Quidditch as a Metaphor for the Chosen One

It occurred to me yesterday that the game of Quidditch in the Harry Potter books/films is a telling (and probably unintended) metaphor for the problem of the Chosen One.

A team of people work hard to score goals with the Quaffle, avoiding the Bludgers and redirecting them against their opponents. One by one, little by little, they make progress, building up their score.

And then some little snot catches the Snitch and all of that effort (usually) means nothing. Whether the rest of the team were winning or losing, unless they've done a truly amazing job, the catching of the Snitch is going to be what decides the outcome. Their painstakingly assembled score is a footnote.

This is why I can't stand Chosen Ones (I make a reluctant exception for Harry because of other factors, but his Chosen One status is still an annoyance to me). The message is that the Chosen One is the only person whose actions matter. The work and sacrifice of everyone else is background; what truly won the day was the Chosen One doing one special thing.

This is not how The Lord of the Rings works, by the way, to take an example from an equally popular franchise. Frodo, of course, isn't a Chosen One. There's no prophecy about him. He is, in many ways, just an ordinary person who happens to be in the wrong place at the wrong time; what's extraordinary about him is that he steps up to do what needs doing. The rest of the cast know that their role is to support him, but what they do still matters (and not always just to his mission, either). They're as indispensable as Frodo is, each in their own way.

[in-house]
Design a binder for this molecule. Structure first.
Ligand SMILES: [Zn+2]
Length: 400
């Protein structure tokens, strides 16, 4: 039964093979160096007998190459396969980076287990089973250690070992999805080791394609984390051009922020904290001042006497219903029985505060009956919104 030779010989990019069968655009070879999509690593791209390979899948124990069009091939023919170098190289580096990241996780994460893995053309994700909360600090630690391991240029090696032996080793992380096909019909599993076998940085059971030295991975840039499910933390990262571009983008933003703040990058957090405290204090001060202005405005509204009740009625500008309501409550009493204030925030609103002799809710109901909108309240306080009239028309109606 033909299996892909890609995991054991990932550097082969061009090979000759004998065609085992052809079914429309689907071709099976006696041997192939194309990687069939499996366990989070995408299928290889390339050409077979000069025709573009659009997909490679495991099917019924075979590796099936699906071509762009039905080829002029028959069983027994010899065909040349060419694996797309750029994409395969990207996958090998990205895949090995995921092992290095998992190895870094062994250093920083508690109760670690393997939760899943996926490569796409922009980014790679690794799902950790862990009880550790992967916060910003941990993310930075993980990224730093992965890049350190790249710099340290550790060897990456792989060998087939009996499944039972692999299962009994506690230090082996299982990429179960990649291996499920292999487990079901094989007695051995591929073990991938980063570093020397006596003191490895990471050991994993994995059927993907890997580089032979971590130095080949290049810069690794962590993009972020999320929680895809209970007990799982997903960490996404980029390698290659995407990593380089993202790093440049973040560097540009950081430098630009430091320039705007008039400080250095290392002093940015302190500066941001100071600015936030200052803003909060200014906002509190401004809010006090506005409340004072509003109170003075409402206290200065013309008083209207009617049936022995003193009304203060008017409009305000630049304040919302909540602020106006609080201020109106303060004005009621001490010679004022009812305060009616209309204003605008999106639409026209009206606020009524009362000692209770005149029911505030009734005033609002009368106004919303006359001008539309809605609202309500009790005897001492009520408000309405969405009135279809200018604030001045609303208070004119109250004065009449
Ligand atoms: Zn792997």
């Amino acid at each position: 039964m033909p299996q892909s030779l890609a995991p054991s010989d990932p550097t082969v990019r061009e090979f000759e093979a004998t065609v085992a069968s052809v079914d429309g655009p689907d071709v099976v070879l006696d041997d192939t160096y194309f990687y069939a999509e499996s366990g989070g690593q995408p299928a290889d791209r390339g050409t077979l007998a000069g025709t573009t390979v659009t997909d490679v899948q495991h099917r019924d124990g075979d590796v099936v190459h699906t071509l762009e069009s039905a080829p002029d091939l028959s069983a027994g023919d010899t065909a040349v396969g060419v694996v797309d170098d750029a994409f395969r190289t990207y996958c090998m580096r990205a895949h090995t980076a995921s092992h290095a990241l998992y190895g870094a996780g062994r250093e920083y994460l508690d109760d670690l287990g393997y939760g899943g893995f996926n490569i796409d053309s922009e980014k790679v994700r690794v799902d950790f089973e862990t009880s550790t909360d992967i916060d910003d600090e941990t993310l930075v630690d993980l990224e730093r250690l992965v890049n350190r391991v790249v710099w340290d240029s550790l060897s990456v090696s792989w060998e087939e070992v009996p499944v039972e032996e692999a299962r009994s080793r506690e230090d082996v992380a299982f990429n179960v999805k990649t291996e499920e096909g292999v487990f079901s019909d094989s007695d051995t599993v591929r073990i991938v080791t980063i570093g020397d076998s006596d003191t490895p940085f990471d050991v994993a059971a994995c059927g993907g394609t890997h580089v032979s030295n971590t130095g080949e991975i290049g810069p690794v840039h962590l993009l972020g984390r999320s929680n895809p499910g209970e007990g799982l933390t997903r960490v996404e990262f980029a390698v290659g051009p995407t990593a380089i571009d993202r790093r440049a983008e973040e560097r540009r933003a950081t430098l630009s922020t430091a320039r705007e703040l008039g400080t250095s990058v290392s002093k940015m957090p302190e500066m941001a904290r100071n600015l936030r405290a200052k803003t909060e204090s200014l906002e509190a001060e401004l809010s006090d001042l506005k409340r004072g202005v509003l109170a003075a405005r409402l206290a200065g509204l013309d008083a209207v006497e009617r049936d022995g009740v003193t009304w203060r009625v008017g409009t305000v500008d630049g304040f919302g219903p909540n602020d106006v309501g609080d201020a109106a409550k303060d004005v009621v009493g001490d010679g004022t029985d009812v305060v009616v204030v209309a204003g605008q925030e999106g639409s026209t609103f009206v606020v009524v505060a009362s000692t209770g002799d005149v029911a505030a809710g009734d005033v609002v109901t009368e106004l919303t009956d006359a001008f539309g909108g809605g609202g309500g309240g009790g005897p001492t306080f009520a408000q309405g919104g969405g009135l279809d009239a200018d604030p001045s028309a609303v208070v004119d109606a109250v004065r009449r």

To be fair, that's true of HP as well, mostly, but it's still infested with a Chosen One, and Quidditch is still a miniature of how the whole series and the individual books tend to play out. It's the Great Man theory of history, in which only a few people's decisions truly matter, and everyone else's striving is merely background.

If you know my work, you know that I lean towards ensemble casts, and ordinary people with extraordinary commitment (though I do sometimes have exceptional protagonists; it's difficult to avoid the temptation, because I admire competence so much). I do this as an overt and deliberate rejection of the trope of the Chosen One. It's a difficult trick to pull off, because as genre readers, we do like to identify with one powerful protagonist whose actions are the key to the whole plot.

For philosophical reasons, though, I'm going to continue to make the effort.

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Mike Reeves-McMillan lives in Auckland, New Zealand, the setting of his Auckland Allies contemporary urban fantasy series; and also in his head, where the weather is more reliable, and there are a lot more wizards. He also writes the Gryphon Clerks series (steampunk/magepunk), the Hand of the Trickster series (sword-and-sorcery heist capers), and short stories which have appeared in venues such as Compelling Science Fiction and Cosmic Roots and Eldritch Shores.

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